Few things will help a young athlete develop physical skills at a higher level than consistent training. As youth strength and conditioning coaches, much of what we know from the legendary Bompa’s, Balyi’s, Drabik’s, and Verkhoshanskys of the world has been based on their observations working with kids daily, in a completely immersive institutionalized setting, for a long period of time.
We are faced with a very different model of consistency here in the United States. If you are working as a youth strength and conditioning coach in the private sector, young athletes’ participation in your program is treated more like an “additional activity” than a necessary aspect of their long-term development.
When mom and dad’s time, money, and energy aren’t too constrained, their child gets to participate in your program. At the first sign of any scarcity of these resources, parents will find a reason to discontinue.
To create more consistency, measurable results, and business sustainability, it’s important to evaluate how to create a business model and training environment that keeps kids and parents engaged for the long-term with our programs.
In my over 15 years of creating youth fitness programs of all sizes, in addition to SPIDERfit Kids’ current consultation with youth sports and fitness organizations around the world, this is one of the challenges I’ve set out to tackle.
Taking into account my own experiences in addition to parent questionnaires, market research, and other “experiments” done by the coaches we consult with, we’ve been able to identify some critical aspects of creating a business model and training experience that increases long term retention for 5–12 year-old athletes.
While not all coaches have the ability to impact their employer’s business model, below are some simple aspects of the training environment that we’ve found to increase program adherence.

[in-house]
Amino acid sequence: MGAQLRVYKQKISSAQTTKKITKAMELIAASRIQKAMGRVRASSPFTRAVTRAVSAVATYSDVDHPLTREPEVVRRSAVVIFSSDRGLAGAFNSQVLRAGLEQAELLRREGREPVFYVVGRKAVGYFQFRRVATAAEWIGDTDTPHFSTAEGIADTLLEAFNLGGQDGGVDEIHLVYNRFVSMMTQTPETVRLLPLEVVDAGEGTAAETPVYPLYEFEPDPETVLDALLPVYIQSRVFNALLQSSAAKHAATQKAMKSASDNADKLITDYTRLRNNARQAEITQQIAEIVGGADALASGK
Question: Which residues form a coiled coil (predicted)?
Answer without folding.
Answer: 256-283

- Coach and athlete name recognition
- Parent communication
- Incentives for progression
Coach and Athlete Name Recognition
One of the fastest and easiest ways to create a community where young athletes feel like they belong is for coaches and other athletes to know and use their names as soon as possible. Likewise, young athletes should know their coaches and other program participant’s names. If a young athlete doesn’t know their coach’s name after their first day of training, it’s a missed opportunity that trivializes the coach’s engagement.
This isn’t something that happens passively for most so I encourage coaches to make it a pillar of their program. It should immediately become obvious to everyone involved that knowing everyone’s names is a critical aspect of your program.
When a child feels like they belong, they feel a sense of accountability and community. This is relayed when they’re talking to their parents about their experience with your program. It is more difficult for parents and young athletes to leave a program where they feel like they are part of a community.
Remember, most parents of young athletes pay for a program that they don’t’ stick around to watch. Somewhere between when parents drop their young athletes off and when they pick them up, you’re most likely doing some cool stuff to enrich their child’s life. How do parents know that?